Wednesday, 10 October 2012

Is Justin King a Bootlegger or a Baptist?

 The FT and Times report that Justin King, CEO of Sainsbury's, one of the largest UK retailers, has attacked George Osborne’s plans whereby new staff in small business can surrender their employment rights in exchange for shares.  He’s quoted as saying that this plan will reduce trust in business and that regulation should be maintained (he supports payroll tax cuts instead).

Is he a Bootlegger or a Baptist?

My students here at Imperial will know the story, set out by Bruce Yandle and discussed a lot on EconTalk.   The Baptist, acting through high-minded morals, wants to ban sales of alcohol on Sunday.  Politicians support him.  The Bootleggers realize that if liquor stores are closed on Sunday they can sell under the table.  So they support the policy as well.  Thus a coalition of unlikely bedfellows.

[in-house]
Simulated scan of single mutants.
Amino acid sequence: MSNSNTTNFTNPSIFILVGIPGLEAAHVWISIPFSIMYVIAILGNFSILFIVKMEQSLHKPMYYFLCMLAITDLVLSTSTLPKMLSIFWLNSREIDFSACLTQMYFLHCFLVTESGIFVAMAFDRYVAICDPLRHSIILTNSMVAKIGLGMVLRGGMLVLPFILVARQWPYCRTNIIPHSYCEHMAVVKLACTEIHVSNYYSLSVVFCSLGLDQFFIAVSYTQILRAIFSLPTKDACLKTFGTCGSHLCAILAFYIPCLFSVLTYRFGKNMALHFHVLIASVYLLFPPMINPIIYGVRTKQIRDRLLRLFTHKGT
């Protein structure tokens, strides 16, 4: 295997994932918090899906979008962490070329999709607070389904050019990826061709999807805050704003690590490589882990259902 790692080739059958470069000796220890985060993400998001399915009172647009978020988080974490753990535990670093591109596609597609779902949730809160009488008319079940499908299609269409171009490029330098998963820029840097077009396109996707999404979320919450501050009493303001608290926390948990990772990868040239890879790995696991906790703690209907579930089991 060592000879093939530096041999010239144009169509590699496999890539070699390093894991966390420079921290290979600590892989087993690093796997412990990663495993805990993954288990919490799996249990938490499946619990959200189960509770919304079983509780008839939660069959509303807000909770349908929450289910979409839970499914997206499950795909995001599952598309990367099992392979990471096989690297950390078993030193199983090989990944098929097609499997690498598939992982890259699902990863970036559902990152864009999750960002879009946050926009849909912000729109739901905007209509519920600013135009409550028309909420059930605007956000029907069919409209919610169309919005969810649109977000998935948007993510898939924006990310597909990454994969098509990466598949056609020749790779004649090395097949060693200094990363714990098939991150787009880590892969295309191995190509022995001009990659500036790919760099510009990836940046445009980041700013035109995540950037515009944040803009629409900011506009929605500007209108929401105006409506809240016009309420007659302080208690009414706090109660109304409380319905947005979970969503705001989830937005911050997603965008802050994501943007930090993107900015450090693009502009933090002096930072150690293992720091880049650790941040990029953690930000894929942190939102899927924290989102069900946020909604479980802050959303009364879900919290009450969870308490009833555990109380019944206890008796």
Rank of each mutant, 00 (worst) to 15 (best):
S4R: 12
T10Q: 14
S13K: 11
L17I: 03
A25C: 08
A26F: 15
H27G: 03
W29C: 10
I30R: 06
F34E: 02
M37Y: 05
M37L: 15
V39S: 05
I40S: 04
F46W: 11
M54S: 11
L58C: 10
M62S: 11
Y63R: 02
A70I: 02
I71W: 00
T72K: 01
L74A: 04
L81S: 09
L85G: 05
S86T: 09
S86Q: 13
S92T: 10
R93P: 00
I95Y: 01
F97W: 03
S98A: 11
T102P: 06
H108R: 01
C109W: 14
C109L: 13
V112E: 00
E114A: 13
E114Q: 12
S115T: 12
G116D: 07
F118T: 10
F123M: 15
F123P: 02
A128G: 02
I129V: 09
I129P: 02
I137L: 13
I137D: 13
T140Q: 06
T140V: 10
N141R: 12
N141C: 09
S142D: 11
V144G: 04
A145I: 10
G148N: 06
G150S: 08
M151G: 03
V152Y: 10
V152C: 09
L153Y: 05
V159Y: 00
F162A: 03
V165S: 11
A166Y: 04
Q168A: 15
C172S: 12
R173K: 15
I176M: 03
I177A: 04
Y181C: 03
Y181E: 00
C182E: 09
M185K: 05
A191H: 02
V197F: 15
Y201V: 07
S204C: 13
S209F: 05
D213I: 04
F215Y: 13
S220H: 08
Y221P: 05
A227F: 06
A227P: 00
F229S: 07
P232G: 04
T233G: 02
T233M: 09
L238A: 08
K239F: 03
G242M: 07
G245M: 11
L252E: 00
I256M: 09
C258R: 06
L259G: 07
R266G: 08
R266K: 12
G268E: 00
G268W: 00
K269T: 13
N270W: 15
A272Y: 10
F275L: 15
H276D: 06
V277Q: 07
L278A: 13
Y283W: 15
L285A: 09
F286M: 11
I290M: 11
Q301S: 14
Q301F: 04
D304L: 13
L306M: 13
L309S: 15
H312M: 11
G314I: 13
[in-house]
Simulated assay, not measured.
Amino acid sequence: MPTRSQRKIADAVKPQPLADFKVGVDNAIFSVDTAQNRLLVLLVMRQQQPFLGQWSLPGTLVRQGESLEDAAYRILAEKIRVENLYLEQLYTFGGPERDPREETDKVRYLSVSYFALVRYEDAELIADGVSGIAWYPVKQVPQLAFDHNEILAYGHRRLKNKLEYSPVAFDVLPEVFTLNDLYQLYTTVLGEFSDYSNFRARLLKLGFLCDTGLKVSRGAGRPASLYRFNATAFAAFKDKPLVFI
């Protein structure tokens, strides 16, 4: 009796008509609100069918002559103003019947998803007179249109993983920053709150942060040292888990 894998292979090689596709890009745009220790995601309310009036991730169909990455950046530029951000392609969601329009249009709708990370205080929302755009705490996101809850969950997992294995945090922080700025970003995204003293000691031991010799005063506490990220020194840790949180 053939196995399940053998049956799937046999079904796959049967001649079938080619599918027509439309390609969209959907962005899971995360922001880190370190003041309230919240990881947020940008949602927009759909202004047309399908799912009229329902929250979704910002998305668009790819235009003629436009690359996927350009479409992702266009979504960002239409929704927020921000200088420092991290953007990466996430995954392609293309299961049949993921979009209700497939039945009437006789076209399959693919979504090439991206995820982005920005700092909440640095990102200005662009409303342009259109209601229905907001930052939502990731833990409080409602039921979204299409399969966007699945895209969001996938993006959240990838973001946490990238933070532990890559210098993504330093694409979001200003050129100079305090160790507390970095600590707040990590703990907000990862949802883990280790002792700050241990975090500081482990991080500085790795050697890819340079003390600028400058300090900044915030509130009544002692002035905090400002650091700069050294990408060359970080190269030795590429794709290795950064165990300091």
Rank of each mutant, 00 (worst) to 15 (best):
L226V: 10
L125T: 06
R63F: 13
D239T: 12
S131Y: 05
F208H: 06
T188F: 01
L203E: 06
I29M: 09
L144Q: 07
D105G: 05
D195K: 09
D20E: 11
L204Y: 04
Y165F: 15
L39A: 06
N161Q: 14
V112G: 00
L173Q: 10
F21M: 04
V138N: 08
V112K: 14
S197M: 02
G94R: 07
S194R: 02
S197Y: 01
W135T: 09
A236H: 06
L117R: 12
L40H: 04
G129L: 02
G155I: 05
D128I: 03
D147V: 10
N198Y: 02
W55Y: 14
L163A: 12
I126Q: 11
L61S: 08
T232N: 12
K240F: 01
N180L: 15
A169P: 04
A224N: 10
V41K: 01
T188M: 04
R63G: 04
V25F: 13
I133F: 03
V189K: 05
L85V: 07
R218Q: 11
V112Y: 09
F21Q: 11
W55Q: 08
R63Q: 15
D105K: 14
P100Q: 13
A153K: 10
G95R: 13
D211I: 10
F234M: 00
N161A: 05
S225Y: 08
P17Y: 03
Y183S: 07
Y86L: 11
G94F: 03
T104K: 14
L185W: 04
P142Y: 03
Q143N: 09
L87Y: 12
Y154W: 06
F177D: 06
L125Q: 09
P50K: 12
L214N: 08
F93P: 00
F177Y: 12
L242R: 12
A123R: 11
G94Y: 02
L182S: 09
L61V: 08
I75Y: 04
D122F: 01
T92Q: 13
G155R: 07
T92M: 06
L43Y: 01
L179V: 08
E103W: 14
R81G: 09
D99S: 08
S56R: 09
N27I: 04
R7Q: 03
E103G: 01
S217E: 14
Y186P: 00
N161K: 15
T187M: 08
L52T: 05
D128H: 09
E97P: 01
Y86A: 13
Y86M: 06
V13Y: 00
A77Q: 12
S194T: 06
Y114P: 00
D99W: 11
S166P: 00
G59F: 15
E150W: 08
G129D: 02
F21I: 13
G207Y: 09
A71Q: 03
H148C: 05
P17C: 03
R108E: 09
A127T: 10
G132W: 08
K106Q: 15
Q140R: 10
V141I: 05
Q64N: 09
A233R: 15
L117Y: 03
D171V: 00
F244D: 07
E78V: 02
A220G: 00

Yandle has a nice example: The Northern Spotted Owl case.  Here, logging was banned in the Pacific Northwest of the US if there was evidence of the presence of Owls, in an attempt to protect their habitat.  This policy was promoted and supported by Nature campaigners.  Interestingly, it was also support by lumber companies.  But crucially, by lumber companies outside the conservation area.   Indeed, these companies even sent in ornithologists to try to spot Owls, but only in the Pacific Northwest areas owned by their rivals.   As a consequence, rival lumber supply fell and the price of lumber rose substantially.

Justin King talks in high minded terms.  But the Osborne proposal is for small firms.  An uncomfortable truth is that large firms typically rather like regulation: they can deal with it, whereas the burden falls on smaller firms.  That burden in turn stops entry and so blunts the threat to large firms.  So there’s a good bootlegger reason for his support. 

Fortunately for him, any organization who supports the Paralympics, before they were trendy, gets a big tick in my book.  So I’m going to call him a Baptist.  But it’s a powerful and insightful metaphor.